When it comes to not being fooled by the media, an important principle is to never believe without evidence an article that claims “a study shows”.
There are two important reasons for not taking such a claim at face value: firstly, the media spin studies to fit their prejudices (for example an alarmist story on melting in a small region of Antarctica completely ignored the study’s caution on undersea volcanoes being a possible culprit); secondly, the press releases for studies just as often are not justified by their contents.
So always filter such stories through the lens of media bias and try to read and critically analyse the study itself.
A case in point is the Lowy Insitute’s latest report, Being Chinese in Australia.
Although the study analyses a broad range of topics, from “Australian Culture” to “Systems of Government”, the mainstream media have obsessively focused on just part of one chapter: “Experiences of Discrimination”. Naturally, the media spin is as negative and hysterical as possible.
The media could easily have reported the study’s findings thus:
“More than 80% of Chinese Australians say they have not been physically threatened or attacked in the past year. Less than one-third reported verbal abuse or discriminatory treatment. Most Chinese-Australians say there is not a lot of discrimination against people of Chinese heritage in Australia.” Reckon that would get clicks? Nah.
Yet that’s an entirely accurate representation of the report.
This is what we get from the media, instead:
Almost one in five Chinese Australians say they have been physically threatened or attacked in the past year, with most blaming tensions stemming from the COVID-19 pandemic or hostility between Canberra and Beijing.
Around one in three community members also say they have faced verbal abuse or discriminatory treatment.
But almost 70 per cent of Chinese Australians still say they feel accepted by Australian society, with almost eight in 10 saying Australia is a good place to live.
In fact, Chinese Australians have some pretty positive things to say about Australia.
Sydney mother Ping Hua, who’s lived in Australia for five-and-a-half years[…]said she feels “lucky” to be in Australia.
When she had a serious car accident while living in Canberra she was impressed by the care she received in hospital, and from health workers sent to her home.
She was also delighted by the way her neighbours and other members of her local community rallied to support her while she slowly recovered.
“They showed me support, they helped me to get involved in local community hobby groups … they understood I must have been bored, staying [at home] alone with crutches and a wheelchair,” she said.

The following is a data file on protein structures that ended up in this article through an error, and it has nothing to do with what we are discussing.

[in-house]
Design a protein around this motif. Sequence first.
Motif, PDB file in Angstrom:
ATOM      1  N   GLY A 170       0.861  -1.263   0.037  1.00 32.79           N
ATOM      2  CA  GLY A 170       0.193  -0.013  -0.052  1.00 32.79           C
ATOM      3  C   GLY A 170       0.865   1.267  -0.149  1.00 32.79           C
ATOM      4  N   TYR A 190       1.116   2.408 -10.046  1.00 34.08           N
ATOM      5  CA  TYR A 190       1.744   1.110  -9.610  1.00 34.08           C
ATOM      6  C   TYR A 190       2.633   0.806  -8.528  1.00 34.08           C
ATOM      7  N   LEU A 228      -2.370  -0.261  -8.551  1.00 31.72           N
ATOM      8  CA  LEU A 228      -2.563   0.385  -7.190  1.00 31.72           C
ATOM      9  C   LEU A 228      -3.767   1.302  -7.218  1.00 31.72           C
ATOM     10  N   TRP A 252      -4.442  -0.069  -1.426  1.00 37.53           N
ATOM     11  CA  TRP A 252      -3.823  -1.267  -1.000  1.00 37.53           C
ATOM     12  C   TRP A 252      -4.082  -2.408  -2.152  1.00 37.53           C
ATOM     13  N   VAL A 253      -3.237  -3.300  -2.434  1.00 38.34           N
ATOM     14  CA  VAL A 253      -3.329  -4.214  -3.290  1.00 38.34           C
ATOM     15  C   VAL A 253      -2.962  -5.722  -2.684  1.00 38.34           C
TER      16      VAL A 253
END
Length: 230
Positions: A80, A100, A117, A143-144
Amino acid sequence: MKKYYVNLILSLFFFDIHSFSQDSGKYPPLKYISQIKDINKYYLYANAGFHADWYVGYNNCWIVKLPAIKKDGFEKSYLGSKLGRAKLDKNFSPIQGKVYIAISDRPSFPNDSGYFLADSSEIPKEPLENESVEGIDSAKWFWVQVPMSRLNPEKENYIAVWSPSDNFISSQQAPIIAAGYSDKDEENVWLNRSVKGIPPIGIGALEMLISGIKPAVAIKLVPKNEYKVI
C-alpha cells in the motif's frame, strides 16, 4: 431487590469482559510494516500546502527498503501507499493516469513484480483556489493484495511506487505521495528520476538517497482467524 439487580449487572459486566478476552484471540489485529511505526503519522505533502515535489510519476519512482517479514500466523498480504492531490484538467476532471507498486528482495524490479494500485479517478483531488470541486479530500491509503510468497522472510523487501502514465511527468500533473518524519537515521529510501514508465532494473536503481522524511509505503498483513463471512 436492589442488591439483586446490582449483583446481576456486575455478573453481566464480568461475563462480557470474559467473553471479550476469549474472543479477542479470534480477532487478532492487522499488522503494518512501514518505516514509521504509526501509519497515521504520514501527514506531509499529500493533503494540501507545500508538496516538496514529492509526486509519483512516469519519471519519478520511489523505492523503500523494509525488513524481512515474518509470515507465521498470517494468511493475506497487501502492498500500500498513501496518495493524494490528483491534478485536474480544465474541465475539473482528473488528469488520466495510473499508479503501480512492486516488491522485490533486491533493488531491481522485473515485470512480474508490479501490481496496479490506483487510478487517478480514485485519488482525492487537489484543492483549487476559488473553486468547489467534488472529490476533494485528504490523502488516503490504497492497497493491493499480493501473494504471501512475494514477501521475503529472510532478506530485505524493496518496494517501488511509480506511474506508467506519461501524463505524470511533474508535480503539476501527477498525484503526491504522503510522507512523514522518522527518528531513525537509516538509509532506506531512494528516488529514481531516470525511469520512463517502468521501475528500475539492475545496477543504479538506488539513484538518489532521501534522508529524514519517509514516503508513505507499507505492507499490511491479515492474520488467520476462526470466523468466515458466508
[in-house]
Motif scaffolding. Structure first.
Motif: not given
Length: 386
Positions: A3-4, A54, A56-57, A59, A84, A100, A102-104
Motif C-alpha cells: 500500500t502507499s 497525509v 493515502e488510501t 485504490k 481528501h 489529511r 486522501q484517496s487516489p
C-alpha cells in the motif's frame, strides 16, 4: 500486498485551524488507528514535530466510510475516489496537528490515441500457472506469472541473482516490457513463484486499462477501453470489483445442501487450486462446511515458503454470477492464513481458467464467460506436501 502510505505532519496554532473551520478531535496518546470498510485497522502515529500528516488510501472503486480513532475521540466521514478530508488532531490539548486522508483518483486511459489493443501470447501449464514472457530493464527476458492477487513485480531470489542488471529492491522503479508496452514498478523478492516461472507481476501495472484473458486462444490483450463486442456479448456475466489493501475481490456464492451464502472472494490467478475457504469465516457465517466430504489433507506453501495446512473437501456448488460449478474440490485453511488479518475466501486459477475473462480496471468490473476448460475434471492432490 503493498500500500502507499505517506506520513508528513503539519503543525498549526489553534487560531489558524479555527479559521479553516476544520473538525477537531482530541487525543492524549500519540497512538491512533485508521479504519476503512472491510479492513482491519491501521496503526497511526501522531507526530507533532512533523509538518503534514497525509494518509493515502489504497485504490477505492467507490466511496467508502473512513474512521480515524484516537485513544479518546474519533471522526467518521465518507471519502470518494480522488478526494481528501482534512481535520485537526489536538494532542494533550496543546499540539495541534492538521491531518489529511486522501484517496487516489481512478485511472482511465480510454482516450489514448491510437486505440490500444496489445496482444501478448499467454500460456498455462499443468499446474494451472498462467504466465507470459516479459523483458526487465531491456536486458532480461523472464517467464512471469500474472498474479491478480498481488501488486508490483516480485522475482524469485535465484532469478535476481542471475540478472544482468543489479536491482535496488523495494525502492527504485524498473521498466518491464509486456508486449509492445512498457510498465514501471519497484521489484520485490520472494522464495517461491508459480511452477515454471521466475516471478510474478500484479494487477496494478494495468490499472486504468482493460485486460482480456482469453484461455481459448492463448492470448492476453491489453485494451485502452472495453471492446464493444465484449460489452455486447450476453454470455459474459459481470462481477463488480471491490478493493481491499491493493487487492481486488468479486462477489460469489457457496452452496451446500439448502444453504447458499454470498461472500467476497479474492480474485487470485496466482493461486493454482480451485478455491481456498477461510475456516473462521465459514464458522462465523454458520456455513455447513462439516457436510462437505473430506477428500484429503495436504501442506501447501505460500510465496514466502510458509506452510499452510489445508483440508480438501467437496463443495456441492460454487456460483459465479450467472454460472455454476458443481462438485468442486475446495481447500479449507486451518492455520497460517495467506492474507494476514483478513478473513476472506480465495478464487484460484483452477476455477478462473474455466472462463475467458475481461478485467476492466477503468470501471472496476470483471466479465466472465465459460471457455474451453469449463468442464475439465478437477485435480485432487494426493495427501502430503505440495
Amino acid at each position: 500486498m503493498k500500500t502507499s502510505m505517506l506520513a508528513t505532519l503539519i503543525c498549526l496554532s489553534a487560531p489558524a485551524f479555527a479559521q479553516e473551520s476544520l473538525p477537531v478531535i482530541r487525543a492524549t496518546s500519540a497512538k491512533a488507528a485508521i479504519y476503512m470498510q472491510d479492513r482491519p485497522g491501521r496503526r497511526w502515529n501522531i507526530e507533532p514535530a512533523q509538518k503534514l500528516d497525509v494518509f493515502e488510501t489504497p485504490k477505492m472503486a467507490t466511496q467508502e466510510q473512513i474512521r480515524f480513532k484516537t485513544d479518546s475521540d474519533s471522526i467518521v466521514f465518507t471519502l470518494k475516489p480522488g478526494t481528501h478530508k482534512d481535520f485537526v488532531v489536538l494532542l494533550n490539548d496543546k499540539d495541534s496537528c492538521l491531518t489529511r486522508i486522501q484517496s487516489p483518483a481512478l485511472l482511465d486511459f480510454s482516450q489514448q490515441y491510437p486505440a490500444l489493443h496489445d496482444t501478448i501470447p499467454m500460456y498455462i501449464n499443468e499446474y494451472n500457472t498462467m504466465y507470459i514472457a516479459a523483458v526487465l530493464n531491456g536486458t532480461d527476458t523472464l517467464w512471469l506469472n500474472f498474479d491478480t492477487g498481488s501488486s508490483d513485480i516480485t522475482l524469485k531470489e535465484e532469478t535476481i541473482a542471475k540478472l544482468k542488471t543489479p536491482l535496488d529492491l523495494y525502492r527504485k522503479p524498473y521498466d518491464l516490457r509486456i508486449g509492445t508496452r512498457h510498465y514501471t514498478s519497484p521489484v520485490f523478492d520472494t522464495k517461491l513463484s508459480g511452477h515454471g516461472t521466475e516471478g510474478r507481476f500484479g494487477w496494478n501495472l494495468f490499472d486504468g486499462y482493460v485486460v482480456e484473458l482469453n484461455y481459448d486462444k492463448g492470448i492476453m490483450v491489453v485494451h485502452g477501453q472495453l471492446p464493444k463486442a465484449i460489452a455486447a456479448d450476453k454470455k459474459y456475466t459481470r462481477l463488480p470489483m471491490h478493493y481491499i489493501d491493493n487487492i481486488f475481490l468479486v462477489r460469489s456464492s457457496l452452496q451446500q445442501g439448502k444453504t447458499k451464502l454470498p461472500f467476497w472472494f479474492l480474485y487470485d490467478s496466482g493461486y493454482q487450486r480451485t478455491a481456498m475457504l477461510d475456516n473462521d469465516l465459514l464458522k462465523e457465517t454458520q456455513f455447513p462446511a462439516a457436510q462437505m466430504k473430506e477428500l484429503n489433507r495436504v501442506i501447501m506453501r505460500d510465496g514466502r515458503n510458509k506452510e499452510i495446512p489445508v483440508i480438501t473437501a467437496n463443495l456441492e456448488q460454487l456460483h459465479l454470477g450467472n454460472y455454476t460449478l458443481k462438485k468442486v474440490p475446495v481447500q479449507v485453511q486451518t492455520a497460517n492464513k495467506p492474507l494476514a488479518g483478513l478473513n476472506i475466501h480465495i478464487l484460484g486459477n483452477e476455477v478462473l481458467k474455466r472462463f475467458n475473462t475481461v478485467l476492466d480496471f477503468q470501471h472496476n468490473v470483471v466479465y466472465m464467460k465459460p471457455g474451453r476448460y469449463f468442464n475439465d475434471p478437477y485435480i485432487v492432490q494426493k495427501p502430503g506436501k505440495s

“I realised that if this happened back in China in my hometown, I would probably need to hire more people for extra help, or need extra help from other family members.”ABC Australia
Of course, this doesn’t disprove that discrimination against Chinese-Australians has undoubtedly risen in the wake of COVID-19 and the Chinese Communist Party’s attempts to bully Australia into submission. That is certainly undesirable and shows that too many people are unable to distinguish between the Chinese government and the Chinese people.
But, let’s be honest, it could be a lot, lot worse. Compared to the way minorities are often treated in other countries in times of tension, Australia is proving pretty resilient.
One might also compare the media’s stance during tensions with other countries. For instance, during the mid-90s diplomatic tensions over French nuclear testing in the Pacific, mainstream media outlets promoted anti-French billboards and encouraged members of the public to stamp on baguettes and berets.
More importantly, the media completely failed to analyse the report itself.
The methodology of the report is somewhat questionable. By its own admission, it is not based on a random sample of Chinese Australians. In fact, fewer than 200 of the more than 1,000 people polled were randomly selected. Interestingly, just 15% of the responses were in English, while 73% were in Simplified Mandarin.
A sceptical media might also have noted that one of the report’s authors previously worked for China Matters – a think tank that was stripped of Federal funding in 2020. In 2018, China Matters called for Australia to sign up to Xi Xinping’s notorious Belt and Road Initiative. The think-tank denied that it was pro-Beijing.
This doesn’t necessarily disprove the report, but, as we see, media are only interested in spinning a narrative and not in critically analysing the material they’re spoon-fed by lobby groups.
Remember: Whatever a patron wants published is advertising.
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